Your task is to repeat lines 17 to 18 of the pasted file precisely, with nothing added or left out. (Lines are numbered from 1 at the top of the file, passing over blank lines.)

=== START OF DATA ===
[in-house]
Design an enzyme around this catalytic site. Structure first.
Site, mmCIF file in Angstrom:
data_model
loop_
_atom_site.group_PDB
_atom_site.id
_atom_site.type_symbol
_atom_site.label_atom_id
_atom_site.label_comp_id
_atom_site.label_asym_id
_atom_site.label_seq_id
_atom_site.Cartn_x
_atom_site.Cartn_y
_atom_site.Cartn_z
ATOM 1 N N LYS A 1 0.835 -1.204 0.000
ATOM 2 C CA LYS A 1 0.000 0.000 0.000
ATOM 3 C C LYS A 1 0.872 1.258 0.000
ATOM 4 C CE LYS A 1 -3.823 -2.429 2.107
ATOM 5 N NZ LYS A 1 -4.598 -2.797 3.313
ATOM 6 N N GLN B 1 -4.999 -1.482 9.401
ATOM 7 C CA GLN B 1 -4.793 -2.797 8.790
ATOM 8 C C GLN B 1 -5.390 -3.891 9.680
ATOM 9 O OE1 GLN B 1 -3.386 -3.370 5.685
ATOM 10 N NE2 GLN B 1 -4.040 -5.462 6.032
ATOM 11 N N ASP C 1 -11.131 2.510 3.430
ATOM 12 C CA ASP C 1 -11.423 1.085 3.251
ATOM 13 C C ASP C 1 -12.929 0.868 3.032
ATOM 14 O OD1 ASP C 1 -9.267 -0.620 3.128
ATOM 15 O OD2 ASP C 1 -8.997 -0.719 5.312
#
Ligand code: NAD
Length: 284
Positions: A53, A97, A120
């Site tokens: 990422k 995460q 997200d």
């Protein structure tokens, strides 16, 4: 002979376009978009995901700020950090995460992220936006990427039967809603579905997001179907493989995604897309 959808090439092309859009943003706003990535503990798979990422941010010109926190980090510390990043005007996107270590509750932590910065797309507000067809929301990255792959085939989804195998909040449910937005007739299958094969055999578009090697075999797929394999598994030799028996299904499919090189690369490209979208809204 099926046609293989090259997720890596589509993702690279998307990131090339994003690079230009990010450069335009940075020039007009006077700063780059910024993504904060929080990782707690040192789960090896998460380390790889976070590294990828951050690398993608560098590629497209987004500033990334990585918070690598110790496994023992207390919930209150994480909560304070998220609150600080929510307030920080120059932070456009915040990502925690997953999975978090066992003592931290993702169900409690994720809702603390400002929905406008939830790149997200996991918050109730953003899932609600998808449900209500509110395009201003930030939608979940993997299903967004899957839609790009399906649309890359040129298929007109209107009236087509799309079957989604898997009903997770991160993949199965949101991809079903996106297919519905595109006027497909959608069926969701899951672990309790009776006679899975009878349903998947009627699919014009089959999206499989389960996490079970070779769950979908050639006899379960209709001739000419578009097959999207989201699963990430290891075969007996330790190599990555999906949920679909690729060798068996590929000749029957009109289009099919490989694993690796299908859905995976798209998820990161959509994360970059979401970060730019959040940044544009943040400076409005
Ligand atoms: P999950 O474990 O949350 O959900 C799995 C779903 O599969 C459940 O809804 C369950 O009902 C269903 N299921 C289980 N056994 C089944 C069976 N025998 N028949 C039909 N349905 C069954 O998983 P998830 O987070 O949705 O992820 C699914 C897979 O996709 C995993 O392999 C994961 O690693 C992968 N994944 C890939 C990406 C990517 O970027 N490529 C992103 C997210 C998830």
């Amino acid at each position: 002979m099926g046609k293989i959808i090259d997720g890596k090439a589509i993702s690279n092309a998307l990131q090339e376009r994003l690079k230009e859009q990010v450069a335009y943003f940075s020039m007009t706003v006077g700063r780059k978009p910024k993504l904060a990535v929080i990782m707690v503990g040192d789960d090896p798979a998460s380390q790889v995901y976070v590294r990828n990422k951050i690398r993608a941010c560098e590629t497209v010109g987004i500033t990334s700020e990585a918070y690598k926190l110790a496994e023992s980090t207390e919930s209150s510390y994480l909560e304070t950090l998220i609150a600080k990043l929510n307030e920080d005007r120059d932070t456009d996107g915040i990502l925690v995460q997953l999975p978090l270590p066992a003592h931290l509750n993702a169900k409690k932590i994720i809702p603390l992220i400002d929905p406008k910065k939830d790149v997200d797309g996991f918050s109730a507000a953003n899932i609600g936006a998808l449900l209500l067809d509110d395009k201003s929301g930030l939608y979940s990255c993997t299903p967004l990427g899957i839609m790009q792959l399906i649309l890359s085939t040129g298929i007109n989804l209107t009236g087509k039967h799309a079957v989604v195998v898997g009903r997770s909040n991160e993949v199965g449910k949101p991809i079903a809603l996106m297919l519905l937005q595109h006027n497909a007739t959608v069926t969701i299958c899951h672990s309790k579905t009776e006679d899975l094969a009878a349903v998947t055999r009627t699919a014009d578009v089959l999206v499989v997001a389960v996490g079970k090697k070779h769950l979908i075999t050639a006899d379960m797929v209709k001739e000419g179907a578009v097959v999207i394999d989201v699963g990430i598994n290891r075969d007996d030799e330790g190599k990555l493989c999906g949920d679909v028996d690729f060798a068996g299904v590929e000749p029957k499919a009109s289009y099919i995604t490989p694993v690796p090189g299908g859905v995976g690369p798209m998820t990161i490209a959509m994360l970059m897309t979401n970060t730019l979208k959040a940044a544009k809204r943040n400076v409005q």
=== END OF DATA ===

ATOM 2 C CA LYS A 1 0.000 0.000 0.000
ATOM 3 C C LYS A 1 0.872 1.258 0.000